We're entering the fall season here in Utah, which means the cold winter is around the corner. Many contracting jobs push forward regardless of the weather; however, contractors who are performing these jobs need to know how to keep themselves warm without detracting from their abilities to carry out the work.
At Contractors School, we offer a variety of services to not only help you obtain your contractor's license and start a new contracting business but also to help maintain your existing contracting business in several ways. While many of our assistance areas to existing businesses are in areas like managing business entity, changing your business name, and other details, we're also happy to offer our expertise in any area you need assistance in. If you recently started a new contracting business and this is your first time operating through the winter season, here are some basic tips on staying warm without impacting job quality.
The cold air during the winter will cause your muscles to contract, especially if you are working physical labor or carrying out high-intensity tasks. Before you head out to the job site for the day, take a few moments to stretch your muscles and get your blood flowing.
You may want to start with a few minutes of cardio, such as jumping jacks or running for ten minutes on the treadmill. After you're warmed up and ready to go, carry out stretches that focus on areas like your hips and hamstrings, which are used most throughout the day.
In addition, if there are areas of your body that commonly ache, especially in the cold, take time to stretch the muscles in that area. For example, your knees will probably start hurting after walking or standing on a job site for an extended period of time, so it may be beneficial to stretch out your legs before leaving the house.
And for many, performing a number of stretches after a day's work is completed can also help. Increase your flexibility, increase the benefits of your workouts, and make it easier to get out of bed in the morning by stretching out after work before you go to bed at night.
Just like in any other cold setting, you need to have the right gear for your contracting business if you're going to stay safe and warm. The key here is layering, layering, and more layering.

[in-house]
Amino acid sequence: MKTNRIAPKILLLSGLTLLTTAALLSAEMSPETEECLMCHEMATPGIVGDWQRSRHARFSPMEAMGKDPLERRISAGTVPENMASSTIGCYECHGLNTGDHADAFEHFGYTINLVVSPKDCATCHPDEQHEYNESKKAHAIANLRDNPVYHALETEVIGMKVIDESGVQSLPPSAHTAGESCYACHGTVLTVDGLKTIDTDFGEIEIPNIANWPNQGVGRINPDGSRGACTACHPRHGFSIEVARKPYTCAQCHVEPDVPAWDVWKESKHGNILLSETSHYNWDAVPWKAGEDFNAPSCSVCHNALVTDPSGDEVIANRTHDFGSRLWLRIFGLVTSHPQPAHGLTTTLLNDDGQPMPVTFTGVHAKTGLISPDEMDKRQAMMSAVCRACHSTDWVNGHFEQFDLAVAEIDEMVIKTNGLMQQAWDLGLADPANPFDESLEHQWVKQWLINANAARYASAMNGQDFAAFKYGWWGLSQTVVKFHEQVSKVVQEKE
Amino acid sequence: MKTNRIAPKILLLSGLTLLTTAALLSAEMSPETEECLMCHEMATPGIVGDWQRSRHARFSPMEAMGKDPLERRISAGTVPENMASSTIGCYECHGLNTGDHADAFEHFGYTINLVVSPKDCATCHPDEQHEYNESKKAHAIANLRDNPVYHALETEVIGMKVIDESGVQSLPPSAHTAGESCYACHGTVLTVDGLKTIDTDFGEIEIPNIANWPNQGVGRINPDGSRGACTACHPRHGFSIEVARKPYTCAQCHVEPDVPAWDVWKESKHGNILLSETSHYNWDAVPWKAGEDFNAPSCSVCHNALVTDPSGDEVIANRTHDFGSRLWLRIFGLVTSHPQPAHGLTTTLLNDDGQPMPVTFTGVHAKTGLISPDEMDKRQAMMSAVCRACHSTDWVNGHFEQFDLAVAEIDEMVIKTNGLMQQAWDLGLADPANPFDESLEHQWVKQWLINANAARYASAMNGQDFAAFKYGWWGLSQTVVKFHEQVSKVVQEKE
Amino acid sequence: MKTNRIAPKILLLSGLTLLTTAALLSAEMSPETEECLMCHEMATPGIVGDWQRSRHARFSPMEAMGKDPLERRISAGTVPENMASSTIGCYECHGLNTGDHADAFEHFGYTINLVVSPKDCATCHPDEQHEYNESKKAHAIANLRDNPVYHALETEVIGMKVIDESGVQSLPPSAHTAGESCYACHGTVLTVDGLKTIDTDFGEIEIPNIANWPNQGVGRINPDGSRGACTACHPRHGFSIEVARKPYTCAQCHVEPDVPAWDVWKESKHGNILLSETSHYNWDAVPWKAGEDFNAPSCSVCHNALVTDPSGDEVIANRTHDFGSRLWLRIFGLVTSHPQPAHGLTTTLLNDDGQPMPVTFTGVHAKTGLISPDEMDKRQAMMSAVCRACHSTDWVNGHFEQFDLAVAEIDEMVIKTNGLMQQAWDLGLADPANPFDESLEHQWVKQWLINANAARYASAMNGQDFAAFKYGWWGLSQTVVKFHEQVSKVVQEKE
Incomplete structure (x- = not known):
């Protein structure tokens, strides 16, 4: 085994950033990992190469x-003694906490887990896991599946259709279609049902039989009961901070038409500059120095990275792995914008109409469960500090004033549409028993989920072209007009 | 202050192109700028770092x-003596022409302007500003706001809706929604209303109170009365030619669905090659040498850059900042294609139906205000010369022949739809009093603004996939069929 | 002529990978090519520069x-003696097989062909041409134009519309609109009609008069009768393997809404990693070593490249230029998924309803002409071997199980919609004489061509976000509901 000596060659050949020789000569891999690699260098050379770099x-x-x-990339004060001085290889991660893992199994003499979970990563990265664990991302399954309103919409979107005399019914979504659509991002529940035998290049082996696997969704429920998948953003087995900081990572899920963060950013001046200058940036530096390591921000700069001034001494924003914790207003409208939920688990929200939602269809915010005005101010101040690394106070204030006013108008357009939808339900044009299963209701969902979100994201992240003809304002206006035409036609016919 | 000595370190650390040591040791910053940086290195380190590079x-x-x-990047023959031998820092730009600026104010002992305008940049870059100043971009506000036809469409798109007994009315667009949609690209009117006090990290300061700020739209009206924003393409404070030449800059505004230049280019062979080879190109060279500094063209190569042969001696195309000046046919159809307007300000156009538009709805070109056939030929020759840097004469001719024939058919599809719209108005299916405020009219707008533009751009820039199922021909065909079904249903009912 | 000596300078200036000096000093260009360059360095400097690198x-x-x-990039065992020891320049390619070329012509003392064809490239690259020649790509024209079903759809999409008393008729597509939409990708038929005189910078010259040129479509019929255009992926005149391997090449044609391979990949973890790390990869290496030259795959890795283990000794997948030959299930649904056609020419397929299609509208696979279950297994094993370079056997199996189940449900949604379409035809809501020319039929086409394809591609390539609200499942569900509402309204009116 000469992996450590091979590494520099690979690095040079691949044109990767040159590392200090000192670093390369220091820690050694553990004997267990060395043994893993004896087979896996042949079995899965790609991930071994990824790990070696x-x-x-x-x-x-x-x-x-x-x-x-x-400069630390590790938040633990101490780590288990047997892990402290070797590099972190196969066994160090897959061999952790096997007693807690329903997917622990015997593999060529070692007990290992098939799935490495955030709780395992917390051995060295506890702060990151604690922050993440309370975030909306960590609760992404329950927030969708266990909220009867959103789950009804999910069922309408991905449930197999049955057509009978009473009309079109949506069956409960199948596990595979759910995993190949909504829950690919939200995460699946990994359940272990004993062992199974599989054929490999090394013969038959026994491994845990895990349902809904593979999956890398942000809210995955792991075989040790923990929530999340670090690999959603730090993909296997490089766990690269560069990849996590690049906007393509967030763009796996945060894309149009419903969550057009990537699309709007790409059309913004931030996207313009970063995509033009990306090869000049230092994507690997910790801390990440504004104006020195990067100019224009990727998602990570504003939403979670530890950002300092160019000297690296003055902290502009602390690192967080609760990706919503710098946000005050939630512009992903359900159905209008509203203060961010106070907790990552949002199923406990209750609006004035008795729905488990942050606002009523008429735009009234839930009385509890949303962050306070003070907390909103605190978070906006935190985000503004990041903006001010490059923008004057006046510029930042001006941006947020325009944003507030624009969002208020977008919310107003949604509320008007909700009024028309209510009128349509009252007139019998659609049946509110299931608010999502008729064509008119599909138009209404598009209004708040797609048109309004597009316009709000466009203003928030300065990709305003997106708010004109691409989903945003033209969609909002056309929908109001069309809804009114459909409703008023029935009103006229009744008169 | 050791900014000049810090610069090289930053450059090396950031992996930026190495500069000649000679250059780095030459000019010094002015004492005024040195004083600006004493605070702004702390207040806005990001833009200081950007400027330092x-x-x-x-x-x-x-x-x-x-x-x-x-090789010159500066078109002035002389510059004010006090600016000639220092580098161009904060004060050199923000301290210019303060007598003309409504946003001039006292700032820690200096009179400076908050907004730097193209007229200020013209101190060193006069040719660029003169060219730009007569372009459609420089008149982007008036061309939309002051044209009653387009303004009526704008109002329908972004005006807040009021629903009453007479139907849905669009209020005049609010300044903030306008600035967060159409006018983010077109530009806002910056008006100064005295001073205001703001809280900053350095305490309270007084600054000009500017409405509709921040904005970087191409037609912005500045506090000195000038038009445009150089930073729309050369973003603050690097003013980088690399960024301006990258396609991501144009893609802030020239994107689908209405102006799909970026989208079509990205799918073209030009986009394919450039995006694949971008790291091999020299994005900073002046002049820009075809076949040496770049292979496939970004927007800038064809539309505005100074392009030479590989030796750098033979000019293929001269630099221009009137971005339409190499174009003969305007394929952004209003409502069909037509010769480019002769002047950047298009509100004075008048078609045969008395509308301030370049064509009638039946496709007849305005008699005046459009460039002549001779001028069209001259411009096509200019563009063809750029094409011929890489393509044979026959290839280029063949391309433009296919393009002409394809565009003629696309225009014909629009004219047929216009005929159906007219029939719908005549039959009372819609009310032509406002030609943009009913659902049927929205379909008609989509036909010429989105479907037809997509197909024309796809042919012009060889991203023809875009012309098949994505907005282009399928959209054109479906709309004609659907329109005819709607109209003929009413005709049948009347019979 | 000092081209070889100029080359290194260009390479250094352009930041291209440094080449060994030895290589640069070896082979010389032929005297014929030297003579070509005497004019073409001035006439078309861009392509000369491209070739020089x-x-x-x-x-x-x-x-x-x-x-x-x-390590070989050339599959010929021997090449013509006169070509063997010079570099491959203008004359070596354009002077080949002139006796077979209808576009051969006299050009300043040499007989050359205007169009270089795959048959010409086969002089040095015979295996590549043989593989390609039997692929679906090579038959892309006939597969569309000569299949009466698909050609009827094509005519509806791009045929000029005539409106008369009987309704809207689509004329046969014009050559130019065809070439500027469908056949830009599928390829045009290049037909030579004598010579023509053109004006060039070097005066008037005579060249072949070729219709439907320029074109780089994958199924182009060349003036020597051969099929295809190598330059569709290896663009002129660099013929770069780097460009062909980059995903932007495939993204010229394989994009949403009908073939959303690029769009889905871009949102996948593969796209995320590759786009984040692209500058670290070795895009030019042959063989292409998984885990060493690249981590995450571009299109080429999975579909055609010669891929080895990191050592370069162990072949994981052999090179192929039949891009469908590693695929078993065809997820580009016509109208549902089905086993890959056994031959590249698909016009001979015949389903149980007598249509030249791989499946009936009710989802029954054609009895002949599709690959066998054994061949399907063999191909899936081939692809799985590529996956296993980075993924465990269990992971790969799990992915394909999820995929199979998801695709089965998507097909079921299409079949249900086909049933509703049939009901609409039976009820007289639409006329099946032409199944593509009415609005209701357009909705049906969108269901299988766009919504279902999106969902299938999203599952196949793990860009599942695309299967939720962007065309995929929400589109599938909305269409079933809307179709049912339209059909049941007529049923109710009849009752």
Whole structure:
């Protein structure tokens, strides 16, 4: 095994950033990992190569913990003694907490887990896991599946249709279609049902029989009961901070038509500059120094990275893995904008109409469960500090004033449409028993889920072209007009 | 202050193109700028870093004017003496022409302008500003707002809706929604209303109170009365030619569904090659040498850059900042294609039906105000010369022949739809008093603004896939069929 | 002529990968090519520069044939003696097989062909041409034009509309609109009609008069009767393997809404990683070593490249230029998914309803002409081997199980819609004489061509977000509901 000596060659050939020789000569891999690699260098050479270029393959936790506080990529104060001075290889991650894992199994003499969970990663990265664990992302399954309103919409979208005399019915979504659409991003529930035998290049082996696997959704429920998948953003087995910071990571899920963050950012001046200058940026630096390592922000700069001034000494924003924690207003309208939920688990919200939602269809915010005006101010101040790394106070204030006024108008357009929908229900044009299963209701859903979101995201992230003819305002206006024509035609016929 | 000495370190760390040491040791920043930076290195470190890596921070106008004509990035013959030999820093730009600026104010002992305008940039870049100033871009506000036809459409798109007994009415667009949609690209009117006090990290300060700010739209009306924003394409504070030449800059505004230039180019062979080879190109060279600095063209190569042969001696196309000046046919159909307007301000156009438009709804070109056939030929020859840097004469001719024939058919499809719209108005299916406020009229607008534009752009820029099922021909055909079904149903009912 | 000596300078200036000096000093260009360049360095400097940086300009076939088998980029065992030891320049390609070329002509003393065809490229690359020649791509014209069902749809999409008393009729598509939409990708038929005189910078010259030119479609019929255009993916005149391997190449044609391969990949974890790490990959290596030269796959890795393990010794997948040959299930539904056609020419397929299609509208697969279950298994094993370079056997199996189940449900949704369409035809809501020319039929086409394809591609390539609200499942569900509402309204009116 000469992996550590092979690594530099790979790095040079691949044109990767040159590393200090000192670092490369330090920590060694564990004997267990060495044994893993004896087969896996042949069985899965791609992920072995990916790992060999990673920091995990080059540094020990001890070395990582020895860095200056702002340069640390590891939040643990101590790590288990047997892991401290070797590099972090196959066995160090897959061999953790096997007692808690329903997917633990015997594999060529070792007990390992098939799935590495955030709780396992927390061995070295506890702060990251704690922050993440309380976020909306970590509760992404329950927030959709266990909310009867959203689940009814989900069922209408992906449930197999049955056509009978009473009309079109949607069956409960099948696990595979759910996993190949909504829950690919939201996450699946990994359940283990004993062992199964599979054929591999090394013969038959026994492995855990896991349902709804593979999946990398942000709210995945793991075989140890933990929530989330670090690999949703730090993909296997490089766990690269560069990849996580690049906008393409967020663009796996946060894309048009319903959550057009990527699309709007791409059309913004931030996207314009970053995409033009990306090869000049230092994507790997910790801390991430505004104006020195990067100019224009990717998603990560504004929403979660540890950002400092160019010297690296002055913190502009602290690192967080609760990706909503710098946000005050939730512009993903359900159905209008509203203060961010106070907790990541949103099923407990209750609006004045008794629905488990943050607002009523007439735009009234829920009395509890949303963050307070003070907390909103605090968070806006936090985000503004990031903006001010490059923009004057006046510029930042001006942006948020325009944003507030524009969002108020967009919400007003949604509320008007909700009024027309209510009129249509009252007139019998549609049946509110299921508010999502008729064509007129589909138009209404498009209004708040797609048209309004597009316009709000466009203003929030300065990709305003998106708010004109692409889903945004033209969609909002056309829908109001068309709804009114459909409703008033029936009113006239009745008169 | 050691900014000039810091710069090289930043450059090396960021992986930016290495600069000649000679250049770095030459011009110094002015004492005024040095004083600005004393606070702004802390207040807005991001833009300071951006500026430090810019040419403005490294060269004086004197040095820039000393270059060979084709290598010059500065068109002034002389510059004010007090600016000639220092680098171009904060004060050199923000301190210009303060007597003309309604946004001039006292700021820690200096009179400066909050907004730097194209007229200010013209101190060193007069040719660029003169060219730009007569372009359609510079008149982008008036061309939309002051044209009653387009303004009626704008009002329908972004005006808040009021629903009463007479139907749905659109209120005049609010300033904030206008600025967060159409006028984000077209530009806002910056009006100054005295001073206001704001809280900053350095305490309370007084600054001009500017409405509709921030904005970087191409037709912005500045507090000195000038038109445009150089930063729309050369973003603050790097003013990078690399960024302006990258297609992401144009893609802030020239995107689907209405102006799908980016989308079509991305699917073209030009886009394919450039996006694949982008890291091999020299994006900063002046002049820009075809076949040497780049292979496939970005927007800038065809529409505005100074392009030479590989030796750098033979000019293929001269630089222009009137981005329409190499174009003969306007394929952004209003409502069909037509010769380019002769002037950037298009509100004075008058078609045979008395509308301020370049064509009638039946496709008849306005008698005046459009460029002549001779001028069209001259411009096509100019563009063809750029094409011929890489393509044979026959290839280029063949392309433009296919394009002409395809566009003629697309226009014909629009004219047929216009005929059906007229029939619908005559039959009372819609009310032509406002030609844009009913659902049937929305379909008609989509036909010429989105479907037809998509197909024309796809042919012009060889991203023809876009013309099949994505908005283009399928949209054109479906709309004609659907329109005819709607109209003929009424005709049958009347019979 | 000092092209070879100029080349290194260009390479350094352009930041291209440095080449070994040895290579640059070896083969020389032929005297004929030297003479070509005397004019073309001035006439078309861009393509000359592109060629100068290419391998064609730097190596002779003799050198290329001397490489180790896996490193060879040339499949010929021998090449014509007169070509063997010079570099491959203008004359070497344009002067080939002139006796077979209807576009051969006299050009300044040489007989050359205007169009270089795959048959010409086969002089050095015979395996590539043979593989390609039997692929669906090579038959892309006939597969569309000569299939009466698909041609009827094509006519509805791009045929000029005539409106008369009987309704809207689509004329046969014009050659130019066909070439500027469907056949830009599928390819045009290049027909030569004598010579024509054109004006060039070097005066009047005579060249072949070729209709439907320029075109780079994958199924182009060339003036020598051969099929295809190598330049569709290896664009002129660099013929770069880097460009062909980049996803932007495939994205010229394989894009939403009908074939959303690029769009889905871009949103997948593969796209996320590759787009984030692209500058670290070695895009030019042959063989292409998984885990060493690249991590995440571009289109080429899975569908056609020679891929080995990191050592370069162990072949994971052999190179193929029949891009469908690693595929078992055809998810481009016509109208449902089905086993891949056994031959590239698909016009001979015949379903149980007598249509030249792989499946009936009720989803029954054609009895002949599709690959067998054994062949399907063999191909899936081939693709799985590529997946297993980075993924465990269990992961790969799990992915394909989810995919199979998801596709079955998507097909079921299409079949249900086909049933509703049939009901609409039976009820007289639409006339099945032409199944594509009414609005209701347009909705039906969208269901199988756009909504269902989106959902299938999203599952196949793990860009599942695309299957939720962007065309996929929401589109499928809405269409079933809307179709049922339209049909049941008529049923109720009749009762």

Some of the simplest items that should always come with you to the job site on cold days include gloves, hats, ear warmers, socks, and insulated shoes. Try to avoid clothing items that are overly bulky, as bulky clothing can make operating power tools difficult.
For additional warmth, make sure to wear the appropriate clothes under your work clothes too. Wearing a long-sleeve shirt underneath a short sleeve may seem like a simple thing, but it will help keep you warm throughout the day and also decrease the amount of time you spend freezing at the job site.
It's always good to vary up tasks on the job site throughout the year, in part to avoid overuse injuries or related concerns, and this practice can even be increased in cold weather. Many tasks performed on the job site during the winter require you to stay in one place for an extended period of time, like using a jackhammer or carrying lumber. To help increase your body temperature and decrease the effects of the cold without lifting any additional weight, it may be beneficial to switch between tasks frequently.
For example, you can carry tools back and forth between a truck or job site trailer to the worksite itself, then set them down before returning for more. Not only will this help keep your body temperature up without adding additional weight, but it's also good practice in general because you'll have fewer items on hand at one time.
Even if you've taken all the steps you can to make yourself warm, you may still start to feel the effects of the cold after several hours on the job site. When this happens, take a break with your fellow employees and warm yourselves up with some hot chocolate or coffee.
This is the same concept as a hot summer day -- you'd never work for hours consecutively in 95-degree heat, would you? The same goes for cold weather. It may be difficult to get up and walk away from the task at hand, but even spending five minutes warming yourself up in your vehicle before heading back out onto the worksite can make a huge difference for your body's core temperature.
And finally, while contractors will indeed push through a number of weather circumstances, there are extreme examples where this just won't be realistic for anyone. During a major blizzard, for instance, you should either be at home or somewhere else where you'll stay warm.
Extreme cold can cause frostbite and other dangerous conditions if not treated properly. If it is too cold to work on the job site without risking physical damage to yourself, simply wait until the weather clears up before doing so.
If you're scheduling jobs during what you expect will be a period of poor weather, it's good to communicate this with your clients ahead of time, so you have a common understanding. You can also ask for more money based on the colder temperature, although it may be a good idea to avoid this approach if at all possible because you don't want to offend anyone or lose a client.
For more on keeping warm on the job site as a contractor during the upcoming cold season, or to learn about any of our contractor's exam prep or other services, speak to the staff at Contractors School today.